At a previous job, I designed and administered an arguably-"absurd" programming test. The job was always a senior-level full-stack ASP.NET/SQL Server developer job, and the task involved creating a very basic web application involving one page and two or three simple stored procedures. The candidate performed the test on-site using standard tools:

  1. Visual Studio (version of candidate's choice within the past two or three versions);
  2. SQL Server Management Studio; and
  3. A web browser, not just for testing but also for looking up documentation, resources, etc., which I specifically told candidates they were allowed to do.

I provided the candidate with a basic "shell" solution (in each of the permitted Visual Studio versions), and I created the database and tables in advance.

I gave the candidate a one-page description and told the candidate that I would come back in ten minutes to answer any question about it, after which time she would have one hour to complete the task.

When I returned after ten minutes, after answering any questions, I told the candidate that if she wasn't sure she could finish every part of the task within the hour, she might consider focusing on part of the task that she could complete and get running in the allotted time. I also mentioned that if she had further questions during the hour, she could find me two cubicles away and ask.

Because I wrote the test, I could complete it from start to finish in about forty-five minutes. I absolutely did not expect candidates to complete the entire test in one hour. The "absurd" time limit was in place for three reasons:

  1. We wanted to see whether the candidate had even a half-reasonable grasp of the job requirements. Remember, this was for a senior-level position. (Well over half the time, the answer was "no.")
  2. The candidate should be able to analyze basic requirements and split them into manageable, discrete tasks.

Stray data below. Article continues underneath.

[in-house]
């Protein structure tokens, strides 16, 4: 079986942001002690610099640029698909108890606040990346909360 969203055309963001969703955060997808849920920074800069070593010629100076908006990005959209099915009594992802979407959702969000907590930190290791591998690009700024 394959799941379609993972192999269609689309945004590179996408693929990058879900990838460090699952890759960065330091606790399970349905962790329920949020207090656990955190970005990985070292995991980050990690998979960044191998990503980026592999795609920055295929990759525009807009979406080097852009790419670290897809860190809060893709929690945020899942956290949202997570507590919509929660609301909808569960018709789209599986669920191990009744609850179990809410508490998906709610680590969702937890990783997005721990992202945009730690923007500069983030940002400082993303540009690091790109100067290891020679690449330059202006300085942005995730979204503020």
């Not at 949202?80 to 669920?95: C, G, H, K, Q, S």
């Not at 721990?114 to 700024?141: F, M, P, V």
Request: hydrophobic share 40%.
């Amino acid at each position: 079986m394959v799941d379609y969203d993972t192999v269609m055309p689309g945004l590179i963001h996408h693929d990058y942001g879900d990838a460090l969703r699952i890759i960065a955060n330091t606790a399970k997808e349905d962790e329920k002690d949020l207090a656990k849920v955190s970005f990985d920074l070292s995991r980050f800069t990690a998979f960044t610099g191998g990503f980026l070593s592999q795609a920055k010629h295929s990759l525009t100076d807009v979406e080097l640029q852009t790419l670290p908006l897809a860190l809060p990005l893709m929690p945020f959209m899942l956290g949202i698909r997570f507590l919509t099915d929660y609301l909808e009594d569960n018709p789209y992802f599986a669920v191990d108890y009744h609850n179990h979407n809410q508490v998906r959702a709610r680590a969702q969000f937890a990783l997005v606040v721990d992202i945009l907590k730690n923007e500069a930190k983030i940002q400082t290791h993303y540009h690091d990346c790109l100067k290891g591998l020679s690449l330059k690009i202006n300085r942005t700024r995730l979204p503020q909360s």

3. Extending the test past one hour would take more of the candidate's time without giving us much, if any, additional information.

At the conclusion of the hour, I asked the candidate to show me what she had, whether she had any part of a running solution to demonstrate, etc. We would generally take about five minutes to go over the work at this point, then the candidate would have a one-on-one interview with the manager. During that interview, the development team would all look at what the candidate had submitted. We really looked forward to this duty because it was never dull.

If the candidate had a running solution that handled its intended part of the overall task, the candidate almost certainly passed this phase of the interview. Even if the solution didn't run yet, if we could see substantial progress and evidence of the candidate's competence, we would typically still consider the candidate. We always checked the candidate's browser history to see what resources she accessed.

Reasons actual candidates didn't succeed included:

  1. Literally producing nothing after the full hour. I'm sad to say this situation happened multiple times.
  2. Plagiarizing code from the candidate's current job and attempting (and failing) to modify it to meet the requirements of the test. When we suspected this, the browser history would give it away.
  3. Inability to form a connection string to connect the application to the database. This one might seem a little unfair, but remember that we were looking for senior-level candidates, including senior-level SQL Server development experience. We certainly didn't expect the candidate to remember how to construct a connection string, but we did expect the candidate to be able to look it up quickly. ConnectionStringBuilder would also have been absolutely fine, but no one ever used it. The very first example from https://www.connectionstrings.com/sql-server/ would have worked just fine.

There was another part of the interview with the manager and the development team together, and we would ask questions about the candidate's solution, how she would have approached the rest of the project, etc.

In summary, I advise considering the employer's motivations for an "absurd" test before dismissing it out-of-hand.